unusual shape was a result of the need to be as efficient as possible
    with the small baking space available in the ovens of earlier times.
    Divide the dough into two pieces with one piece being twice the size of the other.
    Shape the two pieces of dough into rounds. Place the larger round
    onto a lightly greased baking sheet and then place the smaller round on
    top of the larger one.
    Use two fingers to create a hole through the center of the top round and continue through the bottom round.
    A wooden dowel or handle of a wooden spoon also work well to create
    the hole. The hole welds the dough of the two rounds because some of the
    dough of the top round is pushed into the bottom round. Cover the dough
    with a kitchen towel and allow the dough to rise for the final time
    before baking.
    Cottage loaf after baking.


    Molded Tin or Split Pan


    A molded tin refers to a rectangular bread shape that has the appearance of being split down the length of the loaf.
    One method for creating the shape is to use two portions of dough
    that are placed next to each other in the bread pan. The two pieces of
    dough should each be about half the width of the bread pan. Smooth the
    tops of the halves into a rounded form and then allow the dough to rise
    for the final time. When baked, the halves appear to be two very narrow
    rectangular loaves that are joined together.
    A simpler method of creating the loaf is to use one piece of dough
    that is rounded on the top and then cut a deep slash down the length of
    the dough. When baked, the bread will have the appearance of two halves.


    Baguette


    Baguette, which is the French term for "stick" or "little rod," is a
    long rounded shape that has become a popular name for a number of breads
    with a similar shape. A French baguette can be up to 2 feet in length, 2
    to 4 inches in diameter, and weigh 9 ounces or more.
    The baguette shape is created by first flattening the dough with the
    palms of your hands on a floured surface or by gently flattening the
    dough with a rolling pin.
    While grasping the dough along the longest dimension, fold the dough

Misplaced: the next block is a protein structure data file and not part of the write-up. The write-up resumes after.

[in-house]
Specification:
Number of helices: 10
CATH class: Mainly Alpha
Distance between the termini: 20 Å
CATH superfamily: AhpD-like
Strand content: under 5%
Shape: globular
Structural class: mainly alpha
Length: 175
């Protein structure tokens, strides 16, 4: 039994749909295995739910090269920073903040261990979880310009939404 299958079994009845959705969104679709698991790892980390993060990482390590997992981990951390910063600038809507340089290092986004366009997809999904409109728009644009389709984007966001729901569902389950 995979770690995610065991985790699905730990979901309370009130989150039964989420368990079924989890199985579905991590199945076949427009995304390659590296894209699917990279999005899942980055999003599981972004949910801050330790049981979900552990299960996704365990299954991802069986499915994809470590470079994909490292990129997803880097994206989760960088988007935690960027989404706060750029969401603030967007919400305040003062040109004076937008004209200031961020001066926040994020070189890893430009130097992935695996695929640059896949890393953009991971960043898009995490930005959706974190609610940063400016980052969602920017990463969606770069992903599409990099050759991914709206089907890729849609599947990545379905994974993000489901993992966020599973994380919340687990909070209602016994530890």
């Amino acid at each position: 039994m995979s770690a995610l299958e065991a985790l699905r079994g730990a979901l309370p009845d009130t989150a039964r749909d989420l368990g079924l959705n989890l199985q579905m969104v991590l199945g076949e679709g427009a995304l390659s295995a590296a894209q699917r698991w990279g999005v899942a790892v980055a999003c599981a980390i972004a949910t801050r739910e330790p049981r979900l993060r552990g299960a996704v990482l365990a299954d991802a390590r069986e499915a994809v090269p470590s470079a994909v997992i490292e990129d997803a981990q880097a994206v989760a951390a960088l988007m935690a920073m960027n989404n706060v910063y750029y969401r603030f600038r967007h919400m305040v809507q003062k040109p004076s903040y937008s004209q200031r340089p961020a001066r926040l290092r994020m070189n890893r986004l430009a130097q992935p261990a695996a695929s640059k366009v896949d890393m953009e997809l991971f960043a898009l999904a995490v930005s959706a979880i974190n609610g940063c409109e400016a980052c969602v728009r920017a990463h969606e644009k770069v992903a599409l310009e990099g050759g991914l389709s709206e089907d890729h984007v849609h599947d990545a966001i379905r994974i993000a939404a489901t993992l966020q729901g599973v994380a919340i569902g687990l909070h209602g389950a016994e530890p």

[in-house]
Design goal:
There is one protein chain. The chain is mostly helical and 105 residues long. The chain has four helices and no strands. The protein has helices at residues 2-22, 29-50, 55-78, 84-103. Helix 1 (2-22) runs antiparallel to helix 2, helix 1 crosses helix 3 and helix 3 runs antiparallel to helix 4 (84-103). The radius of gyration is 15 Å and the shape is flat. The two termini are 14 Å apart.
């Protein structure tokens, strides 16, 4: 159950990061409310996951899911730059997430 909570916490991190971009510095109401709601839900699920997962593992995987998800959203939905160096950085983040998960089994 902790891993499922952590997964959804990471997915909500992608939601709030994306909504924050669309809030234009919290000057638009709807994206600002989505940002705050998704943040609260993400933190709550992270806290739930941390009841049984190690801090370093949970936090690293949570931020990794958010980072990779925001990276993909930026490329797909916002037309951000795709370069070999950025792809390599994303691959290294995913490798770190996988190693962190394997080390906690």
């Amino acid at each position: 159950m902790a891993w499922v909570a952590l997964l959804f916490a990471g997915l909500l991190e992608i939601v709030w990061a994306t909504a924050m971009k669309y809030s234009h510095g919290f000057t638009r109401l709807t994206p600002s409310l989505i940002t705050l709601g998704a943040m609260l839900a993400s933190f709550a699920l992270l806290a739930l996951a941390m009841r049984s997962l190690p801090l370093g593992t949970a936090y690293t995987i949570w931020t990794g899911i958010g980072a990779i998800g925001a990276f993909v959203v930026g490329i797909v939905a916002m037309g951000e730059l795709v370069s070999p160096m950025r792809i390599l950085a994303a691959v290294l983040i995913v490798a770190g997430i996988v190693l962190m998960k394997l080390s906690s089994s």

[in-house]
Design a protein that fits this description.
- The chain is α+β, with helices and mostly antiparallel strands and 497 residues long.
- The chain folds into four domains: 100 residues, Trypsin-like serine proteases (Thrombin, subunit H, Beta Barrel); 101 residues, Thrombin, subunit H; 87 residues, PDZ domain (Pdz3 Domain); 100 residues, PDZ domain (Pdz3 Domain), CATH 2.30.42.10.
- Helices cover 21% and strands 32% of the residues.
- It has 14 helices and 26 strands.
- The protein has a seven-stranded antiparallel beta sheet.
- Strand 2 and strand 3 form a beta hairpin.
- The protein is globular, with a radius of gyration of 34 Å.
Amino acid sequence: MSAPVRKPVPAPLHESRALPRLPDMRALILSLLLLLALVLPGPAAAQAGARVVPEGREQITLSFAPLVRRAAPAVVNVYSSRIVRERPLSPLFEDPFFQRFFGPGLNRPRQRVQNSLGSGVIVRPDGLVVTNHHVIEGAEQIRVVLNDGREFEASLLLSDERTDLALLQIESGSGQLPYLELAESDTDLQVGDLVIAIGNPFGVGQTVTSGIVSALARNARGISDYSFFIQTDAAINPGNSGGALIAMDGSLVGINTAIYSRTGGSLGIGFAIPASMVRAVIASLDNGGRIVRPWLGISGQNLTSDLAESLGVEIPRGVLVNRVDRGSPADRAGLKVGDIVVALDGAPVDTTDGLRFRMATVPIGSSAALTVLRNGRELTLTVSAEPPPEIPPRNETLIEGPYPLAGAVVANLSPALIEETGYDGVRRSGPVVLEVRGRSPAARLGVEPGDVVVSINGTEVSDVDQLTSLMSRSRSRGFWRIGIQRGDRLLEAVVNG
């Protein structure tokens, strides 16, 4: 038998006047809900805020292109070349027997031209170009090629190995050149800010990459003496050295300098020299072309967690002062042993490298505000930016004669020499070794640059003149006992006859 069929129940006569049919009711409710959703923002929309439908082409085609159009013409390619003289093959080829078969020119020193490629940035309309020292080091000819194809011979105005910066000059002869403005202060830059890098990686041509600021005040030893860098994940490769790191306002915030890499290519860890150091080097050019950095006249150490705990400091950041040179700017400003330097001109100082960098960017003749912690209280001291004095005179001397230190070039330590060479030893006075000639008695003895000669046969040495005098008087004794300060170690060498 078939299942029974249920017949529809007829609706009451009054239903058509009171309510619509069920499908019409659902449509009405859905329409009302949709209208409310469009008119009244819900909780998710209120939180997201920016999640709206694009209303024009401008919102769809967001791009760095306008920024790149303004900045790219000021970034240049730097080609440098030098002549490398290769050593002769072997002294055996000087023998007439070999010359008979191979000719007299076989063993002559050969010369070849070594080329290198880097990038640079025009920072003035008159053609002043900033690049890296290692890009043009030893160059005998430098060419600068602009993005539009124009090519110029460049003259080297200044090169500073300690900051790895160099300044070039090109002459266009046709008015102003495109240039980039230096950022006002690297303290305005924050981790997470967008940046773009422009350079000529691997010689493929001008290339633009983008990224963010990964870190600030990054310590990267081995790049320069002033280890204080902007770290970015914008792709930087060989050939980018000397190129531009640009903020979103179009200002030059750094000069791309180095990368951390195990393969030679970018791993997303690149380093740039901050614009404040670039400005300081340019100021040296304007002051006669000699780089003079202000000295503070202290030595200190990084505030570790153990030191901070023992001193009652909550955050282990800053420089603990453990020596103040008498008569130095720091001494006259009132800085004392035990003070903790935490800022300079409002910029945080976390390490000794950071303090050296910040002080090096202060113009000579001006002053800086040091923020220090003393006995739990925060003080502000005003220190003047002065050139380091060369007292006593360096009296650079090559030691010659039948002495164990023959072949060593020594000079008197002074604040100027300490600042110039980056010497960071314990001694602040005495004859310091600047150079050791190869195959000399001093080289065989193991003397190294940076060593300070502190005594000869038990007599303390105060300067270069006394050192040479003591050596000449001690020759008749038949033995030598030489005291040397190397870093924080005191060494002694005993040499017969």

into thirds (the two sides folded toward the center) similar to folding
    a sheet of paper to fit into an envelope.
    Using your fingers, push into the center of the dough along its entire length to create a long cavity.
    Close the cavity by bringing the front half of the dough up and over
    the cavity and onto the top of the other half of the dough and then
    seal the seam.
    With the seam side down, roll the dough back and forth with your
    hands. Begin in the center and while rolling the dough, move your hands
    outward along the length of the dough in order to gently stretch the
    dough to the desired length. Make sure the diameter is consistent along
    the length of the dough and then smooth the ends of the dough before the
    final rising.
    Transfer the dough to a baking sheet or a baguette tray, straighten
    and smooth the dough, cover with a kitchen towel, and allow the dough to
    rise for the final time.
    Before placing the dough into the oven, slash the dough diagonally every 2 or 3 inches along the length of the dough.


    Épi


    Épi is a French bread shape that resembles an ear of wheat and is quite easy to make.
    The shape is formed by first creating a baguette shape, but without
    the diagonal slashes. Place the dough onto a lightly greased baking
    sheet.
    Use a scissors to cut into the top side of the dough every 2 to 2½
    inches along the length of the baguette. The diagonal cuts should
    penetrate the dough about three-fourths of the way to the bottom. The
    cuts create flaps in the top side of the dough.
    Push the flaps to the sides of the baguette, alternating sides with
    each flap of dough. Cover the dough with a kitchen towel and allow it to
    rise for the final time. When baked, the flaps form individual servings